Thursday, May 8, 2008


Below is an excerpt from an article by Christine Wicker on the Religion News Service (clipped from the Dallas Morning News), with some sobering thoughts about the power of evangelicals and their role in the political process.

The truth is that evangelical Christianity has had almost no influence on the country at large. Fifty years ago, the moral stances taken by evangelicals that now seem so reactionary were then commonly accepted. Abortion was abhorred. Children were rarely born out of wedlock. Homosexual behavior was hidden and considered not only morally wrong but also an indication of mental illness. Unmarried couples rarely lived together.

All that has changed.

The truth is that after more than 20 years of political action and many electoral victories, the so-called religious right has achieved few of its objectives. Abortion is still legal. The idea that gays and lesbians are normal people, behaving normally and entitled to equal rights is widely accepted.

Is she right? How should evangelicals respond?


matt gallion said...

I think there may be some truth to this. With all of the hype surrounding the Evangelical Manifesto, I think it may be time we realized that any attempts to change the past are in vain. When Evangelicalism as a movement "went public," so to speak, it was intrinsically linked with political affiliation. The Religious Right made it political, in the vain pursuit of a "Christian nation." The world we see today is probably just as much a result of Evangelicalism attempts to prevent this progression as it is the fault of our "total depravity." I wonder if the current state of things is in some ways, not reactionary to the stubborn insistence of Evangelicals on a political scene over the past thirty-five years. I mean, Hagee is still calling for preemptive strikes in Iran as a spiritual decision.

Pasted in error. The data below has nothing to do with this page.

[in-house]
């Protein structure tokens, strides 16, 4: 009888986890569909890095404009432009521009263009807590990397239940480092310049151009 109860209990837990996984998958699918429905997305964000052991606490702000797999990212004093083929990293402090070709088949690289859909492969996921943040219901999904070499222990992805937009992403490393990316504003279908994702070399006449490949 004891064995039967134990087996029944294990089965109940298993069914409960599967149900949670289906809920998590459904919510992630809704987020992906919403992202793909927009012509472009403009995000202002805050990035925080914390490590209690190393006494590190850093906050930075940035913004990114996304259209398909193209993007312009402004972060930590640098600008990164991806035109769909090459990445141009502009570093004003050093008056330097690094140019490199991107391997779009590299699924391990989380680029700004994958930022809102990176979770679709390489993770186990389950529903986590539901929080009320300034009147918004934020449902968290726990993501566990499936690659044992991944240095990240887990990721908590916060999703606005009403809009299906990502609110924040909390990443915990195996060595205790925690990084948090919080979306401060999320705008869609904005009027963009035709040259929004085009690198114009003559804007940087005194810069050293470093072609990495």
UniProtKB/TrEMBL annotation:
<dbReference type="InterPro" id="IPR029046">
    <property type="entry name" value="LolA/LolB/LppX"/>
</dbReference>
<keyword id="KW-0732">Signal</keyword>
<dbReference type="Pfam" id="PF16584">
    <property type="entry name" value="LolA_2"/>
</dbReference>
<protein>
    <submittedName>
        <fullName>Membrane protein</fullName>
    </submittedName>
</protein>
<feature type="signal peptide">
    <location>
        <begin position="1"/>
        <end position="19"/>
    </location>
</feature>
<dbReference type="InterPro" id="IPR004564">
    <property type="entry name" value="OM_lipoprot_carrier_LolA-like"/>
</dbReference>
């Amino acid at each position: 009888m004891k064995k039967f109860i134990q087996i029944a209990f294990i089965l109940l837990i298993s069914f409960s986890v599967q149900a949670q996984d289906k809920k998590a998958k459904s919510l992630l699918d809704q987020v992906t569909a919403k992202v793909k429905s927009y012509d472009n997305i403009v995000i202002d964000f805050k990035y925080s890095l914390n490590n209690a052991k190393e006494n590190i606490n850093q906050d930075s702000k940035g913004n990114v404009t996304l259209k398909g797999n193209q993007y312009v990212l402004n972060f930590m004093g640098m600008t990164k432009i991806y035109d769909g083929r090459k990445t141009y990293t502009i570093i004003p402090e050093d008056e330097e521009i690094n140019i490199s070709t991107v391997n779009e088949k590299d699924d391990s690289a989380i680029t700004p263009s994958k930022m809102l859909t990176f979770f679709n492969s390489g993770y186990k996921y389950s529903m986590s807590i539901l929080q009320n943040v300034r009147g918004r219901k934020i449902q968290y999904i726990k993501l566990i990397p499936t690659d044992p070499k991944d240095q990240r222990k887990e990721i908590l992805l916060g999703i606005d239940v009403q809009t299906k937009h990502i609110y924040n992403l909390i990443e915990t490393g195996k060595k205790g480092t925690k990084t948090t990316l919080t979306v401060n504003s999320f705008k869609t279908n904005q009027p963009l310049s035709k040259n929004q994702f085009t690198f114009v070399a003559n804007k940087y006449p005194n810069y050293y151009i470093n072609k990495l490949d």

And I personally cannot understand why we are so adamantly trying to protect and re-popularize a title that is not necessarily "Christian" (meaning both that a decent chunk of "evangelicals" are nominal Christians, and that it is not necessarily anymore biblical of a title to claim than Pentecostal or Nazarene, though many would not associate themselves with those terms). I don't necessarily disagree with the document itself, but I wonder why we struggle to preserve ourselves under a nationally respectable, nearly institutionalized banner.

I wonder how Christ would have responded to our need to be known, respected and loved by the "empire"?

The MAN Fan Club said...

I am turned off by a pastor who openly slams the democrats from the pulpit or small group bible studies. He calls them Demoncrats and it disturbs me.

Christine Wicker said...

I wrote the column you so kindly quoted. Thank you.

My new book "The Fall of the Evangelical Nation" uses statistics gathered by evangelicals themselves to show what's really happening with evangelicals. Every day I find more numbers showing the decline and those numbers are also from evangelicals. Updates are on my site,

Conservative evangelical faith is being torn down inside and outside the church, as the book documents.

I believe the hope of the evangelical future and of Christianity itself rests with Christians like the two who commented above. Luckily, there are a lot of them. Journalists, myself among them, just haven't given those Christians the attention they deserve.

That has been one of the most damaging results of the fundamentalist takeover.

mike rucker said...

wow, you got the author to comment on your blog! i'm jealous...

the article by ms. wicker ran in the atlanta journal-constitution today (6/6/08) entitled, “Fundamentally, fewer adherents: Evangelical Exodus.”

i think it’s dead on, and i’m quite tickled about it, frankly. :)

rather than stick all my comments here, you can read them on my website (URL below) if you care to. the post is entitled, "when you're falling awake."

mike rucker
fairburn, ga, usa